France also was an early participant in experimental operation of aircraft with the fleet. In March 1912 the Foudre, originally constructed as a cruiser to carry and launch torpedo boats at sea and operated as an experimental balloon carrier during naval maneuvers in 1898 and 1901, was converted into an aircraft carrier with a large hangar abaft its stacks. From May 27, 1912, the Foudre operated seaplanes during the regular fleet maneuvers. In early 1914 a takeoff platform was installed over the forecastle and, on May 8, René Caudron, a civilian pilot and notable aircraft designer, took off from it flying an amphibian of his own design (identical to the machine embarked on the British Hermes the previous year). Lieutenant de Vaisseau Jean de Laborde, one of the earliest French naval aviators, attempted the same feat on June 9, 1914, but this effort ended in a crash. The French Navy also began investigating the design of a flight-deck ship as early as May 1912, a process that was sufficiently advanced for at least semi-official authorization of construction by the end of the year. It also proposed to purchase a British tanker, the Fornebu, for conversion into an aviation ship to replace the Foudre, which was regarded as capable of fulfilling the fleet’s needs only temporarily. In any event, neither the flight-deck ship nor the conversion of the Fornebu proceeded further after the outbreak of war.

The Russian Navy undertook considerable experimental work operating balloons from warships around 1900, including converting the old German transatlantic liner Lahn into the specialized aviation ship Russ, designed to deploy up to nine balloons and incorporating hydrogen generators and compressors, balloon winches, a clear handling deck, aerial photographic equipment, and air-to-ship telephone communications. The ship, however, was worn out and, probably fortunately, was unable to accompany the Third Pacific Fleet on its epic voyage to destruction at the Battle of Tsushima in 1905. This early experience of specialized aviation requirements proved valuable during World War I.

Italy succeeded in deploying an aviation vessel in combat prior to World War I. The converted brigantine Cavalmarino briefly deployed its kite balloon to spot for the gunfire of the battleship Re Umberto and cruiser Carlo Alberto against Turkish shore positions around Tripoli before a storm wrecked the balloon on December 12, 1911. Nevertheless, the Italian fleet proceeded very slowly with shipboard aviation, even during World War I.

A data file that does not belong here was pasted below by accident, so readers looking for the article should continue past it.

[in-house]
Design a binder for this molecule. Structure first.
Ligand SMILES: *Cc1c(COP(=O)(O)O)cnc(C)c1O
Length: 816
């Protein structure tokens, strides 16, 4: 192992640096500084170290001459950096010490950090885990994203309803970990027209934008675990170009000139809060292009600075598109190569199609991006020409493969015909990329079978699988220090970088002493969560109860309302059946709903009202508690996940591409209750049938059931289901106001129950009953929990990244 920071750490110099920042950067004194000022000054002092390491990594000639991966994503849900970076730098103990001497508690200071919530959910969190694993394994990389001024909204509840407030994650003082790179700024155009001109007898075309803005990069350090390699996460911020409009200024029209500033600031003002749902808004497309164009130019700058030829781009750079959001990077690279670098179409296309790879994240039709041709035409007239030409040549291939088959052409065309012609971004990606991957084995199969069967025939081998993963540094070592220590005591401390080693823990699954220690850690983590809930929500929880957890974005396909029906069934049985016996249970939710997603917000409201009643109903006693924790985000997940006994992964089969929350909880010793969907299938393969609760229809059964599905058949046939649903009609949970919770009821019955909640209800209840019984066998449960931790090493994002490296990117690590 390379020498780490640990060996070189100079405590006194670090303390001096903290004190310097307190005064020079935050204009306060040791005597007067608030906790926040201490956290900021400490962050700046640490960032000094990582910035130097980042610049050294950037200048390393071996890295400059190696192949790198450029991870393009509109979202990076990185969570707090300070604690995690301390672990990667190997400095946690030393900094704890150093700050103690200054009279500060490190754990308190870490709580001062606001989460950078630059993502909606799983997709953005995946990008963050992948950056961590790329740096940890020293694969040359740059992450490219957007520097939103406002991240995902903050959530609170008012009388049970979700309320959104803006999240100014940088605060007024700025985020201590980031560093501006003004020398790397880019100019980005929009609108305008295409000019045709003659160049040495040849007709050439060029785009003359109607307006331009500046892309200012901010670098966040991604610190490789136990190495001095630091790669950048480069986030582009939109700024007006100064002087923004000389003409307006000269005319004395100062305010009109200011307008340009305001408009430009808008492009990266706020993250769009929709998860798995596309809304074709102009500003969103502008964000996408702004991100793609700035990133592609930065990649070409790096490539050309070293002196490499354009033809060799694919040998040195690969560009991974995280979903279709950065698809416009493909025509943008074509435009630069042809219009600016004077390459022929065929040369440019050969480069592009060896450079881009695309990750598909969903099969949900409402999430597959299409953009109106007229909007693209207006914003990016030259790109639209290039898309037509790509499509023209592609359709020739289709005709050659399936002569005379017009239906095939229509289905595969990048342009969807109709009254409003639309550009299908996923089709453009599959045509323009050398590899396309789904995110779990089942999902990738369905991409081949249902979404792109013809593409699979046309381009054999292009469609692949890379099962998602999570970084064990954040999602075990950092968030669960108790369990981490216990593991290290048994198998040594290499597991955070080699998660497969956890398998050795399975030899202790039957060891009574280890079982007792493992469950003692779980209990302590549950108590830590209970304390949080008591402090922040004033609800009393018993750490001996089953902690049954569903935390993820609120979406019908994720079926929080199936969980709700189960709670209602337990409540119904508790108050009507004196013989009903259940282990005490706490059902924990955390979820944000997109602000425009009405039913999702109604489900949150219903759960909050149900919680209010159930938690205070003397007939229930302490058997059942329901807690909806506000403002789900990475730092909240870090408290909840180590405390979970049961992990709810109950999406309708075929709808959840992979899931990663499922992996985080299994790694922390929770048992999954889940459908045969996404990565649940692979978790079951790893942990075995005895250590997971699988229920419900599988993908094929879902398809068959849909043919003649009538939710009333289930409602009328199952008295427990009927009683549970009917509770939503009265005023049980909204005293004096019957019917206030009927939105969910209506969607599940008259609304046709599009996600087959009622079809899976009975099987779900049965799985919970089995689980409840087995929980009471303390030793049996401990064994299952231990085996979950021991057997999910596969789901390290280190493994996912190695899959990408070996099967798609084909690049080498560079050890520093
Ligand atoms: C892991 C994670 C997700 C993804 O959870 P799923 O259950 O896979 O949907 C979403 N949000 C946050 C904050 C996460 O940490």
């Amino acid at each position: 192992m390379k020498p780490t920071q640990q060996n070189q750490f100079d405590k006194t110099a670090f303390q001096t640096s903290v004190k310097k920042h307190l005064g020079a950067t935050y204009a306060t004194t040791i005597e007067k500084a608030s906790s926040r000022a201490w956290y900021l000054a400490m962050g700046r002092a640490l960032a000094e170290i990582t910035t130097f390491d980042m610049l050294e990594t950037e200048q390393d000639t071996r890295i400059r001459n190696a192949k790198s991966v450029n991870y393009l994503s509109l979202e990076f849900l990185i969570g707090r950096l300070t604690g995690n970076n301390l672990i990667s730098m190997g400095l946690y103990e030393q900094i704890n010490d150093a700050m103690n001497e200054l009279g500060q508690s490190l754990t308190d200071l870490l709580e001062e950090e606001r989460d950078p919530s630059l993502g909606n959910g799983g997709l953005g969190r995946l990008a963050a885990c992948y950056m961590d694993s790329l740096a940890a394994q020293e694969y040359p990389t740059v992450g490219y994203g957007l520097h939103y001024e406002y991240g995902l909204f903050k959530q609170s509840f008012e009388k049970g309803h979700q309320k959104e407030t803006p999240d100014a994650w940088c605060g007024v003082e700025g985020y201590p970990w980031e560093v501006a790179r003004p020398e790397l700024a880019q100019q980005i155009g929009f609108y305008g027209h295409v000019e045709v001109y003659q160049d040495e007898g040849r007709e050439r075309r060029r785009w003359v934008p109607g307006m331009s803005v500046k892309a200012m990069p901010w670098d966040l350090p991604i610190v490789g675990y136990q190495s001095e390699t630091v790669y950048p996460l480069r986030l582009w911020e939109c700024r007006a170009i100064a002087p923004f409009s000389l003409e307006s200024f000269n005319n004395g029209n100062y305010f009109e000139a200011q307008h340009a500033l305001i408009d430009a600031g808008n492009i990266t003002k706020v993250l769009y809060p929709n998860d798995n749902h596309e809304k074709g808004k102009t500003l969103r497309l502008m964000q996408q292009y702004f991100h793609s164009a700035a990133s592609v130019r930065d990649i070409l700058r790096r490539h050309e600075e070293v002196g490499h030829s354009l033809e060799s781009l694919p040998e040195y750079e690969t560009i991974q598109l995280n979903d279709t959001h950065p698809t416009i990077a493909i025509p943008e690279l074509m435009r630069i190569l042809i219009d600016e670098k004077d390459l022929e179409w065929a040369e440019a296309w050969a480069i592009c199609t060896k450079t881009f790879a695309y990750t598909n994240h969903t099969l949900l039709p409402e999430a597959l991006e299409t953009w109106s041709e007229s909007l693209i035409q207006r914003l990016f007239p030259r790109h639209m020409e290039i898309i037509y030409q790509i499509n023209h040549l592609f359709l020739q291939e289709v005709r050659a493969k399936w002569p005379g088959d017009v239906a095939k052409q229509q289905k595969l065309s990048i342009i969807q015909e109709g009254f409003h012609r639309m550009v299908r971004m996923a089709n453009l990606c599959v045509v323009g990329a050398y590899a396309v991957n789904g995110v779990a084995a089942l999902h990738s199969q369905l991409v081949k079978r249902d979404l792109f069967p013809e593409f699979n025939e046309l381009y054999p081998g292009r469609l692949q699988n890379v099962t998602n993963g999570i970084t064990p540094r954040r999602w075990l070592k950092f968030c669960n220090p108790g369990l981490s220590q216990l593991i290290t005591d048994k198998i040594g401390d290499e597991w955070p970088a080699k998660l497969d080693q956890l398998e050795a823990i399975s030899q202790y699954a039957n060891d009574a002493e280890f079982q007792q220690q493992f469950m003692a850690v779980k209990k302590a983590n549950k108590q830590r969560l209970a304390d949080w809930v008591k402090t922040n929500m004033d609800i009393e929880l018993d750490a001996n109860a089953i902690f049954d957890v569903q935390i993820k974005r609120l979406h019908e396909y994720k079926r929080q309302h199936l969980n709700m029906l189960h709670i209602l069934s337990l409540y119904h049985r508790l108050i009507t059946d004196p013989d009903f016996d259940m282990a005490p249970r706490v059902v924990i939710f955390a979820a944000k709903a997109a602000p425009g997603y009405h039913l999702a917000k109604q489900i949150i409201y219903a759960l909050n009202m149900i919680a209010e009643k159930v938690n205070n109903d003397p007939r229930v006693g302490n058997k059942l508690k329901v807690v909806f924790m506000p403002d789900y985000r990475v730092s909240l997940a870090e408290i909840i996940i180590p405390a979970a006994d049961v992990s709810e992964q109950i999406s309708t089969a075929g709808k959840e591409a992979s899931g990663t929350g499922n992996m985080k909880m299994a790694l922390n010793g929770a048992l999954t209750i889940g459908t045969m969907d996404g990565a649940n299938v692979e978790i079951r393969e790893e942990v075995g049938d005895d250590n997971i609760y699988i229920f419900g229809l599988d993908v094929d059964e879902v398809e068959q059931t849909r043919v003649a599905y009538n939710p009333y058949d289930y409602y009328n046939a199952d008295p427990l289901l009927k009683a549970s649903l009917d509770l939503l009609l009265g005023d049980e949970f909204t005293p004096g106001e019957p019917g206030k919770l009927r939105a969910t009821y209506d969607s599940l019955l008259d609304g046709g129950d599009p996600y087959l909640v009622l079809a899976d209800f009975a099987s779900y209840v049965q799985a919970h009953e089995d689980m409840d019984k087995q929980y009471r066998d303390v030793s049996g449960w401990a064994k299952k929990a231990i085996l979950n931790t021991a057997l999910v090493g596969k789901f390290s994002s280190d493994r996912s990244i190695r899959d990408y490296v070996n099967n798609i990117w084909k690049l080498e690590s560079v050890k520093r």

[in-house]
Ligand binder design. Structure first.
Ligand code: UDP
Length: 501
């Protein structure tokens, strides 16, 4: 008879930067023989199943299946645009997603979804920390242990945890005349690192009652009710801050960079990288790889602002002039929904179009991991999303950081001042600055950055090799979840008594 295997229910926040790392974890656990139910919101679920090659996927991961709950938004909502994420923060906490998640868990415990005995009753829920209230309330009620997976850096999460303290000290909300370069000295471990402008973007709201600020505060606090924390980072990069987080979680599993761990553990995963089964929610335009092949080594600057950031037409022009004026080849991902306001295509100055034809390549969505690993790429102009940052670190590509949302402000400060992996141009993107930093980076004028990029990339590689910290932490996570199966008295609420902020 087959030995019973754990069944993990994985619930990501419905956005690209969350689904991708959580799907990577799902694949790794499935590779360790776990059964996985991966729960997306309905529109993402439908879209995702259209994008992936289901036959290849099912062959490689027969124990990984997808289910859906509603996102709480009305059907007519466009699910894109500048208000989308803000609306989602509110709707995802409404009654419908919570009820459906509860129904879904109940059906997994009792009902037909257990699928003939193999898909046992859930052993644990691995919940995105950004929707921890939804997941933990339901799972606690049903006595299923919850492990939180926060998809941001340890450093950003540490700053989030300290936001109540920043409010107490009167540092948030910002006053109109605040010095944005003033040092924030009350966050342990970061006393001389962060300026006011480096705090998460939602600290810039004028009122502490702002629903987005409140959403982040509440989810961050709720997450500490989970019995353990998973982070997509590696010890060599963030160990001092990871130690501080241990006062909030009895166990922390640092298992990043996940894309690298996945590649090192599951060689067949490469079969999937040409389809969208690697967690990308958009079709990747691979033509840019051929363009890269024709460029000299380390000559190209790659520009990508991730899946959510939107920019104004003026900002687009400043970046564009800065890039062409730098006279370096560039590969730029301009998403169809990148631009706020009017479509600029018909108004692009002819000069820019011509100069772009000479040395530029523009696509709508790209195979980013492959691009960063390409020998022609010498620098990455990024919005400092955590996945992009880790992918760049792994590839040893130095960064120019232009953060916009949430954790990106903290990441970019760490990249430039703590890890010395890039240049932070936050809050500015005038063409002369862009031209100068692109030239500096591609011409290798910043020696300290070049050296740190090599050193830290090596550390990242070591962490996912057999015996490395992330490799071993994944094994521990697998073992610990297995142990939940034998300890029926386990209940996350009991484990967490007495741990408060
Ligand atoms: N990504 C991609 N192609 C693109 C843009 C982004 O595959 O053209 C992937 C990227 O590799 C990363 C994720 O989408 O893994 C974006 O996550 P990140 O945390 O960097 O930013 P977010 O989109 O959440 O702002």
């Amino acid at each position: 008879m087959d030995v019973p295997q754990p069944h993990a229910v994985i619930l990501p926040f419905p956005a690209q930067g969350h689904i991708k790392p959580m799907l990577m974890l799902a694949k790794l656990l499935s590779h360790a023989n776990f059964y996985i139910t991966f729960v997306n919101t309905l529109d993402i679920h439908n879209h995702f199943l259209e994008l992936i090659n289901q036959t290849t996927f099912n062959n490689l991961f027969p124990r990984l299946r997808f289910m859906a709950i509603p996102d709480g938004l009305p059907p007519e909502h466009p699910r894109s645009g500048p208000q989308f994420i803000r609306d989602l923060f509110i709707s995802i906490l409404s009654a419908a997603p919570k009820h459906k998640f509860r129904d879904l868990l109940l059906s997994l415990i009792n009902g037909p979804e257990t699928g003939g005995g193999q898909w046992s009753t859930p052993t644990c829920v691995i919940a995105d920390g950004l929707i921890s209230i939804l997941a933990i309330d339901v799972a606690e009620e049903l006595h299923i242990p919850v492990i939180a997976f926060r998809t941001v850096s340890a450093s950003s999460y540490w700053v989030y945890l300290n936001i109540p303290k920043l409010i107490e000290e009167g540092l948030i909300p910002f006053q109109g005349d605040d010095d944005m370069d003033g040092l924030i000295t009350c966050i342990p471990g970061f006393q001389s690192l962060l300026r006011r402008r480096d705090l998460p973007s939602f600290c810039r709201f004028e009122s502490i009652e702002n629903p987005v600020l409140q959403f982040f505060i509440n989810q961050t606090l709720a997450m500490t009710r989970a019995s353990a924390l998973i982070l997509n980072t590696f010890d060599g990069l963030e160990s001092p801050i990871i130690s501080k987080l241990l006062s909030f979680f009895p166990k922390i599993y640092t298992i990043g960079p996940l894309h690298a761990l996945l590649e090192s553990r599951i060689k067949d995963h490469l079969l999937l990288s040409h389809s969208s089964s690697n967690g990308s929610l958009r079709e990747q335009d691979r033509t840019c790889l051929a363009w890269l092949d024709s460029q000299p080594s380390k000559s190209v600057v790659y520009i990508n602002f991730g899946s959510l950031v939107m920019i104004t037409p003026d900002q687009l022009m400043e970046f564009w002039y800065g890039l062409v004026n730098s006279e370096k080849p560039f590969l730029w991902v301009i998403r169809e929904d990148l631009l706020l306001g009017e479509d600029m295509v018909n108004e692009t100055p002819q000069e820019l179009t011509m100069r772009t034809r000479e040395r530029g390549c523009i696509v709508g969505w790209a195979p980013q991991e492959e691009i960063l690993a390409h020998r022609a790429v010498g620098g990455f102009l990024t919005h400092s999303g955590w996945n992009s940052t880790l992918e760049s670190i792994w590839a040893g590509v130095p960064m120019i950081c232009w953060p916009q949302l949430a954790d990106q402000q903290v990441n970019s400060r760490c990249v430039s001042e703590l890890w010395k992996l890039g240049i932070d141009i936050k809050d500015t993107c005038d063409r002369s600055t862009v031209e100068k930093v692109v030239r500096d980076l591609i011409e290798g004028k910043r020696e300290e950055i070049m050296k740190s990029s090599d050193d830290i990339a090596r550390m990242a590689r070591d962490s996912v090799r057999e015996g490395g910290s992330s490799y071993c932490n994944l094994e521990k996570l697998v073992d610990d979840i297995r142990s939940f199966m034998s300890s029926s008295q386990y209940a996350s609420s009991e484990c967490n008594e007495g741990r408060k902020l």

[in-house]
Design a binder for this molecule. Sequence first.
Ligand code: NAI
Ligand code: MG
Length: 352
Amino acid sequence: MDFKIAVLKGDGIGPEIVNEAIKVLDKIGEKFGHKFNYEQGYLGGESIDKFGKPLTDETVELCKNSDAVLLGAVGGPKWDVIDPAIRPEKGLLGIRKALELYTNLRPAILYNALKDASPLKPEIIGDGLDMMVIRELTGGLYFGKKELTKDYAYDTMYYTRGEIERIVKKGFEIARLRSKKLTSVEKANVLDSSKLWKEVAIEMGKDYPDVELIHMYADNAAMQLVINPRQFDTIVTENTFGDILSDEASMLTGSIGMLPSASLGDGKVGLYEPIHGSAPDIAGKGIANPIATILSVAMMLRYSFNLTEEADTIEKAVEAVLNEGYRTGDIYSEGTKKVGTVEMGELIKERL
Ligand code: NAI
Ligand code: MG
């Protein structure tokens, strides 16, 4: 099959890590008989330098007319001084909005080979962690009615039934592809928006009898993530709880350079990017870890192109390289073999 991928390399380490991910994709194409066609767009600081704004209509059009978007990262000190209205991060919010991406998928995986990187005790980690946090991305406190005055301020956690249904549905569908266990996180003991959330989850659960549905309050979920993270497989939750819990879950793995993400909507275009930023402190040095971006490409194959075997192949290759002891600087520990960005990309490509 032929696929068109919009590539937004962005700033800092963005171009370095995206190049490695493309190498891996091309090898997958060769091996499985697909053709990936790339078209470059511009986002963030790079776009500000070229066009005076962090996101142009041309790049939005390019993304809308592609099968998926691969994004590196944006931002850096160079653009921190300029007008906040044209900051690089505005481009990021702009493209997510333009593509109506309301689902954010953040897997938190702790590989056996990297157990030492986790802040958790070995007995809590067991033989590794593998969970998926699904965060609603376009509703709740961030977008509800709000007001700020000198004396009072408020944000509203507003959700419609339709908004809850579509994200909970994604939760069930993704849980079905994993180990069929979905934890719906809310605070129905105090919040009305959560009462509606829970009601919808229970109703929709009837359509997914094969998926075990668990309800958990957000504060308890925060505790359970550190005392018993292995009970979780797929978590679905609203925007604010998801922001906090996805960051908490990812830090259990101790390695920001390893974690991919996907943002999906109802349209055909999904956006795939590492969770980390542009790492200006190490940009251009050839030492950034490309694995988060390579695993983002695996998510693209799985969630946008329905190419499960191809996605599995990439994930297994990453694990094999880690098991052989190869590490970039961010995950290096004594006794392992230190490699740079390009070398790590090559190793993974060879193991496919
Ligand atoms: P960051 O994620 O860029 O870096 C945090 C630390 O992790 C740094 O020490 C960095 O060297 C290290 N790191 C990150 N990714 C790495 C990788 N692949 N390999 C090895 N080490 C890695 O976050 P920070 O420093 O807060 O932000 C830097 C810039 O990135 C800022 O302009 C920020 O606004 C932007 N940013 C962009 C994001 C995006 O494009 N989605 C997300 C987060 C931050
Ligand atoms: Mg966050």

As important as all these experiments in operating aircraft from ships were, there were very rapid advances in the design of aircraft for naval use. The earliest American and British experiments were conducted using landplanes equipped with flotation bags in case of an emergency water landing. By the time of the Hibernia trials the Royal Navy was using seaplanes, which predominated in shipboard use thereafter until well into World War I. René Caudron and the Farman brothers in France, Glenn Curtiss in the United States, and the Short brothers in Britain all developed practical seaplanes by 1912. They quickly were joined by other designers, especially after the French industrialist Jacques Schneider established the valuable Coupe d’Aviation Maritime Jacques Schneider in December 1912 to encourage the development of seaplanes through international races to be held annually from 1913. Flying boats also developed rapidly, with very practical machines emerging from Curtiss, again, in the United States, Sopwith in Britain, the Franco-British Aviation Company in France, Lohner in Austria, and Oertz in Germany. Seaplanes, aircraft with float undercarriages, nevertheless predominated over flying boats, aircraft with boat-type fuselages, for shipboard operations.

Some further developments were very significant for the emergence of effective aircraft carriers. In 1913 the Short brothers patented their wing folding mechanism. This allowed them to reduce the stowed width of their seaplanes to as little as 12 feet and permitted rapid and trouble-free unfolding before flight, while maintaining structural strength for safe operation. This advance greatly increased the potential aircraft capacity of carriers, since the relative fragility of early machines required hangar stowage while at sea if they were to remain operational. In 1914, working very closely with Commander Charles R. Samson, in command of the Naval Wing of the Royal Flying Corps (usually known as the Royal Naval Air Service), and Captain Murray Sueter, head of the Royal Navy’s Air Department, Short produced more powerful versions of its folder seaplanes that were equipped to carry and drop torpedoes or bombs. This enabled the Royal Naval Air Service to conduct experiments in using its aircraft offensively. The greater load-carrying capabilities of these seaplanes also permitted experiments with wireless telegraphy communications, long-distance navigation over water, and some early trials of night flying operations.

Forschungsmitarbeiter Mitch Williamson is a technical writer with an interest in military and naval affairs. He has published articles in Cross & Cockade International and Wartime magazines. He was research associate for the Bio-history Cross in the Sky, a book about Charles ‘Moth’ Eaton’s career, in collaboration with the flier’s son, Dr Charles S. Eaton. He also assisted in picture research for John Burton’s Fortnight of Infamy. Mitch is now publishing on the WWW various specialist websites combined with custom website design work. He enjoys working and supporting his local C3 Church. “Curate and Compile“